At least 66 people were killed on Saturday (January 2) in the worst football crowd disaster ever seen in Britain.
GV Players march out onto pitch-PAN-crowd.
LV Players warm up
GV Stands after match (HOLD SOUND DOWN AT 34 FEET)
GV Police car outside stadium.
CU Man interviewed: SOF. (BRING SOUND UP AT 40 FEET)
CU Boy Survivor interviewed: SOF
SV Sir James Robertson & Lord Provost Sir Donald Liddle. (HOLD SOUND DOWN AT 104 FEET)
CU Sit James Robertson SOF. (BRING UP SOUND AT 109 FEET)
SEQ. 5: MAN: "There were more dead, when I got there were more dead people up there than injured people. Three or four occasions I tried to give artificial respiration and there was no avail. I must have been there 20 to half-an-hour, 20 to 30 minutes and the police asked me if I'd help them to take some of the dead bodies out of the ground.
QUESTION: "What was it like at the scene?"
MAN: "The scene was terrible it was like a picture from the last war, bodies were just all over the place."
QUESTION: "Was there anything that you could do?"
MAN: "Nothing, nothing. one who really needed treatment could have done this themselves but the rest were just dead, there was nothing that could be done for them at all."
SEQ. 6: BOY: "I was just going down the steps, we were walking down and firstly these people come down behind us. The more you moved the more you were just falling and we were getting crushed like mad. I could not breathe at all. There was an old fellow just across from me shouted 'I'm during'. I looked round just to try and see him, couldn't move my head at all. Just then I saw him fall, that was the last I was of that fellow. I was just ready for falling too when this policeman grabbed hold of me on the fancy side and pulled me over. That's all I can remember more or less."
QUESTION: "So you'd say the policeman saved your life.
BOY: "Oh aye. I owe my life to the Policeman. I would like to tell him 'thank you very much' also to the hospital tool."
SEQ. 8: SIR JAMES ROBERTSON: "The immediate task was to endeavour to extricate those poor people from the pile of human bodies that we saw there and the police worked magnificently, their coats off pulling them out at the back to relieve the pressure at the front, help with ambulance people and later with the fire people-and helped by members of the public."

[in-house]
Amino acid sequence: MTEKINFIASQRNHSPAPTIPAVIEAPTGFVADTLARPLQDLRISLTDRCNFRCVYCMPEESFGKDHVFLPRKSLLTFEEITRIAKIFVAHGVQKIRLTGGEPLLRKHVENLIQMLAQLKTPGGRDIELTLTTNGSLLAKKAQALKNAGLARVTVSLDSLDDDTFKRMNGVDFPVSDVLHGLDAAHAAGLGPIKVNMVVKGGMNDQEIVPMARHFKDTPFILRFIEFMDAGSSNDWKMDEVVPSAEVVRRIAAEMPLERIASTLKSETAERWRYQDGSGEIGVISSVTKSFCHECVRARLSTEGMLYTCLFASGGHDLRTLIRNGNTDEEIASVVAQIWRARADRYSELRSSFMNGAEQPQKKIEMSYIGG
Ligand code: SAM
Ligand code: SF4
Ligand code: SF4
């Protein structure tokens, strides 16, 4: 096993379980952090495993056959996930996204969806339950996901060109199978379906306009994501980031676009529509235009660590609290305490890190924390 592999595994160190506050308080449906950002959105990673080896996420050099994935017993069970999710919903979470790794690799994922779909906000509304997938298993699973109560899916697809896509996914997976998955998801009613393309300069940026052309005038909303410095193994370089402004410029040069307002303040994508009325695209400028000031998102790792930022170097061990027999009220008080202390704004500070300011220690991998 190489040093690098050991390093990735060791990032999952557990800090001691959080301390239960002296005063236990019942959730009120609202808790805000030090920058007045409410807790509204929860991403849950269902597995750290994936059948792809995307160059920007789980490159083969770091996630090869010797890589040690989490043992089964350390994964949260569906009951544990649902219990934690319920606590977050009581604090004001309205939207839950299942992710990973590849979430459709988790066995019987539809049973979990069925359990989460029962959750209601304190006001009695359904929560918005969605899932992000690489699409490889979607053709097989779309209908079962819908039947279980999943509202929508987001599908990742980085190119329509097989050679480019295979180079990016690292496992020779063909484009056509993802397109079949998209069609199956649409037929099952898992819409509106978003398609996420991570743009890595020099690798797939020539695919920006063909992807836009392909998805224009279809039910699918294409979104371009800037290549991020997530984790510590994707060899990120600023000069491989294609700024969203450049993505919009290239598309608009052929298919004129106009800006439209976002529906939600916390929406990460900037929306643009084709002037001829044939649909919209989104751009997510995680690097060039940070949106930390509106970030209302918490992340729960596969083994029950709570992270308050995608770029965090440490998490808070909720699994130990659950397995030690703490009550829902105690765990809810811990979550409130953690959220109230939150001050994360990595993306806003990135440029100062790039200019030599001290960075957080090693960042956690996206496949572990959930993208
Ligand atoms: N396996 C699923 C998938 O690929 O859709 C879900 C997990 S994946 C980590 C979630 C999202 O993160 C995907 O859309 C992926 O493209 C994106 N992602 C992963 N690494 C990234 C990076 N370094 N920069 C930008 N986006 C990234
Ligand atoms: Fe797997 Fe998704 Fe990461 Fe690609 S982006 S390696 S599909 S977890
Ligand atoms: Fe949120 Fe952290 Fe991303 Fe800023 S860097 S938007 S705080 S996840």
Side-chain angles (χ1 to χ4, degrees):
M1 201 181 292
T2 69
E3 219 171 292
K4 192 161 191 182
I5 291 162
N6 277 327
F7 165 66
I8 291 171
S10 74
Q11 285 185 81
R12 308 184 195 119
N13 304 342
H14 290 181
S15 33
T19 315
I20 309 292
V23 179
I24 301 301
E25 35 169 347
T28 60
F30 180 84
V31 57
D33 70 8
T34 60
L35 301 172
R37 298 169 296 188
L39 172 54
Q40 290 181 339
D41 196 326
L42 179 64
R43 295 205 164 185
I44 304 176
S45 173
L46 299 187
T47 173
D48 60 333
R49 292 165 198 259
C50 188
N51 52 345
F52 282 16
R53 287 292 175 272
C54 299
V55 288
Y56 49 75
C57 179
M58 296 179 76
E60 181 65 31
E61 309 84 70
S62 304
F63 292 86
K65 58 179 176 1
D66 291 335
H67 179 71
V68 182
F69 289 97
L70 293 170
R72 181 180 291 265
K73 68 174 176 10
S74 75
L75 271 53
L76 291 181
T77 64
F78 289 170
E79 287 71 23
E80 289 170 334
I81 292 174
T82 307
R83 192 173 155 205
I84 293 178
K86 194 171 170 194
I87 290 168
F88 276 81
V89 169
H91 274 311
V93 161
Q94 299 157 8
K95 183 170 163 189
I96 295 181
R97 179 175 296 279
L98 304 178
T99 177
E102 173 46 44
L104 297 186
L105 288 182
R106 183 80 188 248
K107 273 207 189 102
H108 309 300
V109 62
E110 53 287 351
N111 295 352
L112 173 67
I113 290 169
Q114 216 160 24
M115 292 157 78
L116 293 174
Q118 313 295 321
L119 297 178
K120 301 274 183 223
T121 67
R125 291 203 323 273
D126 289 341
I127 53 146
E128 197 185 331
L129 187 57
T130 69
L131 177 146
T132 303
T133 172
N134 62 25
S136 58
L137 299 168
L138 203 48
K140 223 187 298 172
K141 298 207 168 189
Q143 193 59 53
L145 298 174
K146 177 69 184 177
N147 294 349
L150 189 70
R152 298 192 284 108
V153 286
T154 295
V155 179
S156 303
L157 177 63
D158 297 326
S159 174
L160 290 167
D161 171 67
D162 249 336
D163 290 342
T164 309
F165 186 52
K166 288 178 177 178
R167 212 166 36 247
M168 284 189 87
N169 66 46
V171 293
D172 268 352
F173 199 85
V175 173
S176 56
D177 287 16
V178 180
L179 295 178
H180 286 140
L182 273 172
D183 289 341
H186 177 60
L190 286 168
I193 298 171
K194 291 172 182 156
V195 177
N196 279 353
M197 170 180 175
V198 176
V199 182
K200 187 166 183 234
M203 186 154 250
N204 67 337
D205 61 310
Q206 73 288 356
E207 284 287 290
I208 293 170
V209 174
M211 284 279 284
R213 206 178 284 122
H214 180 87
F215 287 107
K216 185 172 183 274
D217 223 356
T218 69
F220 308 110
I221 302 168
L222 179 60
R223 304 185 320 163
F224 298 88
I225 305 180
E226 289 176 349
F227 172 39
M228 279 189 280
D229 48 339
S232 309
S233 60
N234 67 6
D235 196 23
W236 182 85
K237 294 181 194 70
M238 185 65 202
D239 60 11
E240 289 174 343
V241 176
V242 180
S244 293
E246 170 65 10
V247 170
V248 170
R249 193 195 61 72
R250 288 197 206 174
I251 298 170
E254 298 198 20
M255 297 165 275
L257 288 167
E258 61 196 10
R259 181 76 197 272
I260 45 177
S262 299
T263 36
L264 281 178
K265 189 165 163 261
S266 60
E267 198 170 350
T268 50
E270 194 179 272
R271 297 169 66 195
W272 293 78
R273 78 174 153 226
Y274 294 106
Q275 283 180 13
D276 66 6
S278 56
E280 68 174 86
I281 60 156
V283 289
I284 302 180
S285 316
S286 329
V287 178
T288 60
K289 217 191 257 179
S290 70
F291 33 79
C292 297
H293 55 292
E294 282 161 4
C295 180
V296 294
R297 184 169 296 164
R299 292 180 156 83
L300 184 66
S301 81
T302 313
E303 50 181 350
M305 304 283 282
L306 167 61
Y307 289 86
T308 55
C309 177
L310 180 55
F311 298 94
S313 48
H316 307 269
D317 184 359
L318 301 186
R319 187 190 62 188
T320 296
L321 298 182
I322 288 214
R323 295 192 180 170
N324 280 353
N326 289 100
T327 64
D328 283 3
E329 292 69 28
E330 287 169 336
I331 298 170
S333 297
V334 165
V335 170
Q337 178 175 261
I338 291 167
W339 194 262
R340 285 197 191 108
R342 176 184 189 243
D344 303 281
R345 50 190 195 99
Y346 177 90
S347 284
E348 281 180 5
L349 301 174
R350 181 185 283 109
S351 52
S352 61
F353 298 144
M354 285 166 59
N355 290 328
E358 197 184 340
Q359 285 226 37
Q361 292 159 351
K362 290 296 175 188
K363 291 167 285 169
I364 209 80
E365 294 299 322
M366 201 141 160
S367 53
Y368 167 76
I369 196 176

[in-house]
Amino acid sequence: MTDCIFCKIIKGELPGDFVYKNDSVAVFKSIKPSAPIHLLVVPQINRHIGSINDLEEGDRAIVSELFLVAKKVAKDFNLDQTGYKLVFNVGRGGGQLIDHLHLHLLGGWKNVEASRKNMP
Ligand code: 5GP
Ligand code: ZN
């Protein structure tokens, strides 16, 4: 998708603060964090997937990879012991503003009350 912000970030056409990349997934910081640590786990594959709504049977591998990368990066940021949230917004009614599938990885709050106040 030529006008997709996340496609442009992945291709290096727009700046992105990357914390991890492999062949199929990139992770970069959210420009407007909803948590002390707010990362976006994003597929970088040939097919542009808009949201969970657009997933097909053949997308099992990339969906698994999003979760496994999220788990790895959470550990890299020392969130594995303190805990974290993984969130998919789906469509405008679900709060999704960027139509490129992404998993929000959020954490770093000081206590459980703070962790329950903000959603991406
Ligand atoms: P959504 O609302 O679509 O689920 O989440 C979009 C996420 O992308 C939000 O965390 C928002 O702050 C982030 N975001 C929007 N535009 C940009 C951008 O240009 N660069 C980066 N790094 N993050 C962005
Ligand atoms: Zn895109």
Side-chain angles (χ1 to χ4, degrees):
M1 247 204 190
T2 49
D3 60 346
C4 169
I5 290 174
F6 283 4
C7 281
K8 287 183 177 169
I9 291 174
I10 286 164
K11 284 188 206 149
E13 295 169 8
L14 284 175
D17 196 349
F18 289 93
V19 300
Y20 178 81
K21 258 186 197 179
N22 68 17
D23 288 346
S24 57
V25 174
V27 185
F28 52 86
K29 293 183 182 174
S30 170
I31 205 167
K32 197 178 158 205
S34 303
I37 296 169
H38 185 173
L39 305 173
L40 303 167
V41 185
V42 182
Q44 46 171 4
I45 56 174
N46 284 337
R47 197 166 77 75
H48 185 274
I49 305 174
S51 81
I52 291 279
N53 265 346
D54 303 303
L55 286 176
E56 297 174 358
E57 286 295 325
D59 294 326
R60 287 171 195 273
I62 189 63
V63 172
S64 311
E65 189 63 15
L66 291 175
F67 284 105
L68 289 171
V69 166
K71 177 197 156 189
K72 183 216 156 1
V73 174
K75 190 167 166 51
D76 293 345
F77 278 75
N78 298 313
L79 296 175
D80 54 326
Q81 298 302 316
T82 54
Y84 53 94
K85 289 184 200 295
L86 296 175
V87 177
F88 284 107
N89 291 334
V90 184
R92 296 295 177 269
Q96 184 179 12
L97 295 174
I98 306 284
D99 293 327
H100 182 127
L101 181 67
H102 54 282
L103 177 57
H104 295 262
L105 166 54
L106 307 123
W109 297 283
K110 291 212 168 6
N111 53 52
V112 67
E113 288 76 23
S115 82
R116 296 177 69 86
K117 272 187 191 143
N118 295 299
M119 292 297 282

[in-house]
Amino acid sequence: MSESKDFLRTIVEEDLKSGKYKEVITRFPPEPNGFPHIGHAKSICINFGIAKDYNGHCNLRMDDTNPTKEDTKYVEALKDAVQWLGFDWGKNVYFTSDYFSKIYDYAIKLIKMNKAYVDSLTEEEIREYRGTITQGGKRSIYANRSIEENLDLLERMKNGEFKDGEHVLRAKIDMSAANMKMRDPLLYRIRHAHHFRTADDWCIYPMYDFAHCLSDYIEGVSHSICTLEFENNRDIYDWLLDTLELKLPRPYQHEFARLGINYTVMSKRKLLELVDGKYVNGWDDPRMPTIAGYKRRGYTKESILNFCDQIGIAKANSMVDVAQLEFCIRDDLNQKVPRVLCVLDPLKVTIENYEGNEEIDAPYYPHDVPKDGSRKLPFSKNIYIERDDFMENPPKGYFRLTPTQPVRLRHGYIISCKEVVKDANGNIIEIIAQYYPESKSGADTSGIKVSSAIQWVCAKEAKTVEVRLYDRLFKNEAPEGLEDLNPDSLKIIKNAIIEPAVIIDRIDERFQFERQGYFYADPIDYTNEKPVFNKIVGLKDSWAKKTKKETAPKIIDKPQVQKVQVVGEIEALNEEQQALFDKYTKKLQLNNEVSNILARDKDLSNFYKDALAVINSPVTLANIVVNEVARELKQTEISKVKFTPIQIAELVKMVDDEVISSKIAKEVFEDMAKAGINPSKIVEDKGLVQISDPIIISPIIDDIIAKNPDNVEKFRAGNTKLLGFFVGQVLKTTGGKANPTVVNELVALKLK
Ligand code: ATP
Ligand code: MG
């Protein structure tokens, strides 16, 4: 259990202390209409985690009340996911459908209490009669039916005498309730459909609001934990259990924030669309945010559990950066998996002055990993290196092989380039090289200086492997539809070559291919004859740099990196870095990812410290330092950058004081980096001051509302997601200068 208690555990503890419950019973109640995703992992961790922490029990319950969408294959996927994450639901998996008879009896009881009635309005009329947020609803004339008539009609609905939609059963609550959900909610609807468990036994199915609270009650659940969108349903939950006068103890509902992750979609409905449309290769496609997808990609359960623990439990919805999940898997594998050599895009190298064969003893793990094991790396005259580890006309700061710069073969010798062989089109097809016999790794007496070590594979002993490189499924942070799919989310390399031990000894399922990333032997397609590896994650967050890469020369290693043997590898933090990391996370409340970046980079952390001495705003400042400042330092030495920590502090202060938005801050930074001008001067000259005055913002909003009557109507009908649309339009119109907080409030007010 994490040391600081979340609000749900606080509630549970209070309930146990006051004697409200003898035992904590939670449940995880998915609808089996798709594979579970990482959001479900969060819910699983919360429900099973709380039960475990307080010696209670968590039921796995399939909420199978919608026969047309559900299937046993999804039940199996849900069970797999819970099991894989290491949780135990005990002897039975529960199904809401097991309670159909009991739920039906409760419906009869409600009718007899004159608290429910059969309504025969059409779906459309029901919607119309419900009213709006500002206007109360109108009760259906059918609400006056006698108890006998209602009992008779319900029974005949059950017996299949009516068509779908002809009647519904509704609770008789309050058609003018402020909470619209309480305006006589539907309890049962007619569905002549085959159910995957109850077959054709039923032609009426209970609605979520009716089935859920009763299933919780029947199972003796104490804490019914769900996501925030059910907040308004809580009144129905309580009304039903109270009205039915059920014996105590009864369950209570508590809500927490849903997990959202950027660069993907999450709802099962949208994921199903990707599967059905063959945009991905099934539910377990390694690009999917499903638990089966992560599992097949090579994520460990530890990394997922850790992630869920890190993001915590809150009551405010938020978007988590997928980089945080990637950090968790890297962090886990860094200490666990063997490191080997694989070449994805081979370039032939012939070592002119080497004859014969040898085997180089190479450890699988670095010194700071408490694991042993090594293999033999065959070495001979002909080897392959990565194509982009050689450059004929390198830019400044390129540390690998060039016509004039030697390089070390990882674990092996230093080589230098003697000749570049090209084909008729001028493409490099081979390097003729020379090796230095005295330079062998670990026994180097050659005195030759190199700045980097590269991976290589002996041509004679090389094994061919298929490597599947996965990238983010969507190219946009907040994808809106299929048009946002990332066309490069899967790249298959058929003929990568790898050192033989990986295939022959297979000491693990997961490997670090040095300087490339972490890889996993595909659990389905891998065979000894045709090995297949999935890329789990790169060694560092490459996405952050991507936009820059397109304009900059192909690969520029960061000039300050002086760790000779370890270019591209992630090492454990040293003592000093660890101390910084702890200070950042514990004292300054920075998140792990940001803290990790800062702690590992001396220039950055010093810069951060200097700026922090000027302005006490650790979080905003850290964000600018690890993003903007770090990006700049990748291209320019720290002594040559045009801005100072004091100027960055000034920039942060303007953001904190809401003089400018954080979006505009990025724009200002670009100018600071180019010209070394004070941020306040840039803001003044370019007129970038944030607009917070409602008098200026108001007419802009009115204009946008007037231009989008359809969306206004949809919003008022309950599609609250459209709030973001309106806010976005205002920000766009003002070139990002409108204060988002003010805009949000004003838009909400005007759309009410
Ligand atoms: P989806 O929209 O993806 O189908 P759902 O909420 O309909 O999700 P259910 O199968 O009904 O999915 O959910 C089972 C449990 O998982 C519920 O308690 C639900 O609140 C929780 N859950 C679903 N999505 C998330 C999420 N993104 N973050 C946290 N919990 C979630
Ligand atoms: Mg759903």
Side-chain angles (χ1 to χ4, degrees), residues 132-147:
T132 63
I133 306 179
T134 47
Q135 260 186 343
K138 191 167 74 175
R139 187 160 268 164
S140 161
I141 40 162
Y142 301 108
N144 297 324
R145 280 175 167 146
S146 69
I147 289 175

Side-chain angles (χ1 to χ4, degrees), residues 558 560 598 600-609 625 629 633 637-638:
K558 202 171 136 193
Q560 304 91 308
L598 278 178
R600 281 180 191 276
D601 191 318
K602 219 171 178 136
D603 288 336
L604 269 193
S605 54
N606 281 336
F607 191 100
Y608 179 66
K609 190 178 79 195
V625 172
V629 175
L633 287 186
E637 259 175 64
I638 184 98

INTERVIEWER: "I believe some of the players came across and the manages?"
LORD PROVOST: "Yes the players were involved the spectators were involved. Fortunately most of the spectators seem to have drifted away out of other exits and that gave us the room to work. There's no doubt they weren't hampered by the crowd in that respect. But as I say, many of them remained and were helping, well their friends obviously, their own friends in many cases.
Initials PAF/PN/CO/3.50 PAF/PN/CO/4.04
EDITORS PLEASE NOTE: THE SPEAKERS HAVE BROAD SCOTTISH ACCENTS WHICH MAY MAKE PARTS DIFFICULT TO UNDERSTAND
Script is copyright Reuters Limited. All rights reserved
Background: At least 66 people were killed on Saturday (January 2) in the worst football crowd disaster ever seen in Britain. It happened as more than 80,000 people were streaming out of Glasgow's Ibrox Park Stadium at the end of the annual New Year's match between Scotland's two greatest clubs: Celtic and Rangers. Survivors described the disaster as 'just like the war'.
Thousands of Rangers supporters streamed towards the exists when their local rivals Celtic scored with less than a minute to go in the match. Then a roar went up as Rangers scored an equalising goal 30 seconds later and those neat the exits scrambled back to see what had happened. They ran into people coming down and soon the crowd became a nightmare of trampled bodies.
The dead were laid out in rows on the pitch while the rescue operations went on, and later the stadium's gymnasium was taken over as a temporary morgue. Players and supporters helped the police, firemen and medical workers with the task of rescuing the injured.
People died as they were crushed against special crash barriers and when these gave way many more were suffocated in the mass of fallen bodies. The Queen has sent messages of sympathy and the British Prime Minister has ordered a full inquiry into the incident.
The rivalry between the two teams-- and supporters -- is intense and based largely on religious beliefs: Rangers being Protestant and Celtic, Roman Catholic. So high is the feeling between the two sets of supporters that they are allocated different sections of the ground. The disaster took place at the Ranger's supporters end. One hundred and eight people are injured, three of them critically. Two survivors of the disaster described the scenes:
Sir James Robertson, the Glasgow Police Chief, and the Lord Provost, Sir Donald Liddle, were interviewed on television about the incidents: